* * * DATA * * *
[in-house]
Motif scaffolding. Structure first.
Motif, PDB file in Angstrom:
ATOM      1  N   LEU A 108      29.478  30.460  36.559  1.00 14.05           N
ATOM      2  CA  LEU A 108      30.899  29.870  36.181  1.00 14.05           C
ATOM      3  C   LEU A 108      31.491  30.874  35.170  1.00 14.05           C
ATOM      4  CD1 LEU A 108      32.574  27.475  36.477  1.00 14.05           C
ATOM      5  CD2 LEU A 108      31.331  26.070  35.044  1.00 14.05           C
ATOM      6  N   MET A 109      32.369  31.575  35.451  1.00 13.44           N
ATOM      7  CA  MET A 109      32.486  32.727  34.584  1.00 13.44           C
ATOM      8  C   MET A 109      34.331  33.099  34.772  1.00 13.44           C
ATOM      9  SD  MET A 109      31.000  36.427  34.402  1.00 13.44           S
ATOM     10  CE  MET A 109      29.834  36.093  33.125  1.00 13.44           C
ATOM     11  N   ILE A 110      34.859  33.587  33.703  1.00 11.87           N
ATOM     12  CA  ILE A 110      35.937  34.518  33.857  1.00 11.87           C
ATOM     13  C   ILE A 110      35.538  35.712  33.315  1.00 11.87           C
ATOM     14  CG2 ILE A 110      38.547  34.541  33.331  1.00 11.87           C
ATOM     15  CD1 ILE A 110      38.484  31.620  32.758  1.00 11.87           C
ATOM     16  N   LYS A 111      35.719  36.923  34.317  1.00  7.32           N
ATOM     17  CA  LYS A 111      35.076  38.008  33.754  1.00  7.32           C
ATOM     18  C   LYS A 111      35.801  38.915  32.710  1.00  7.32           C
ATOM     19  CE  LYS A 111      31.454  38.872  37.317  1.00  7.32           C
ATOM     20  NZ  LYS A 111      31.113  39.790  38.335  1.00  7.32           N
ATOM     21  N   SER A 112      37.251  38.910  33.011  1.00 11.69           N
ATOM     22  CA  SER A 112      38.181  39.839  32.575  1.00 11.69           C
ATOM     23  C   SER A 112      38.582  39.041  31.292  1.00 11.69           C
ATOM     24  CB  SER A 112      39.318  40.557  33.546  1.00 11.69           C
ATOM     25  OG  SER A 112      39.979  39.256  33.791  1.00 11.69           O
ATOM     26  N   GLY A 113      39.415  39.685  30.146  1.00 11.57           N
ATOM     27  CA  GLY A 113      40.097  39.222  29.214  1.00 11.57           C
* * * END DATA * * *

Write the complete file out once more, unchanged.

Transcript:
[in-house]
Motif scaffolding. Structure first.
Motif, PDB file in Angstrom:
ATOM      1  N   LEU A 108      29.478  30.460  36.559  1.00 14.05           N
ATOM      2  CA  LEU A 108      30.899  29.870  36.181  1.00 14.05           C
ATOM      3  C   LEU A 108      31.491  30.874  35.170  1.00 14.05           C
ATOM      4  CD1 LEU A 108      32.574  27.475  36.477  1.00 14.05           C
ATOM      5  CD2 LEU A 108      31.331  26.070  35.044  1.00 14.05           C
ATOM      6  N   MET A 109      32.369  31.575  35.451  1.00 13.44           N
ATOM      7  CA  MET A 109      32.486  32.727  34.584  1.00 13.44           C
ATOM      8  C   MET A 109      34.331  33.099  34.772  1.00 13.44           C
ATOM      9  SD  MET A 109      31.000  36.427  34.402  1.00 13.44           S
ATOM     10  CE  MET A 109      29.834  36.093  33.125  1.00 13.44           C
ATOM     11  N   ILE A 110      34.859  33.587  33.703  1.00 11.87           N
ATOM     12  CA  ILE A 110      35.937  34.518  33.857  1.00 11.87           C
ATOM     13  C   ILE A 110      35.538  35.712  33.315  1.00 11.87           C
ATOM     14  CG2 ILE A 110      38.547  34.541  33.331  1.00 11.87           C
ATOM     15  CD1 ILE A 110      38.484  31.620  32.758  1.00 11.87           C
ATOM     16  N   LYS A 111      35.719  36.923  34.317  1.00  7.32           N
ATOM     17  CA  LYS A 111      35.076  38.008  33.754  1.00  7.32           C
ATOM     18  C   LYS A 111      35.801  38.915  32.710  1.00  7.32           C
ATOM     19  CE  LYS A 111      31.454  38.872  37.317  1.00  7.32           C
ATOM     20  NZ  LYS A 111      31.113  39.790  38.335  1.00  7.32           N
ATOM     21  N   SER A 112      37.251  38.910  33.011  1.00 11.69           N
ATOM     22  CA  SER A 112      38.181  39.839  32.575  1.00 11.69           C
ATOM     23  C   SER A 112      38.582  39.041  31.292  1.00 11.69           C
ATOM     24  CB  SER A 112      39.318  40.557  33.546  1.00 11.69           C
ATOM     25  OG  SER A 112      39.979  39.256  33.791  1.00 11.69           O
ATOM     26  N   GLY A 113      39.415  39.685  30.146  1.00 11.57           N
ATOM     27  CA  GLY A 113      40.097  39.222  29.214  1.00 11.57           C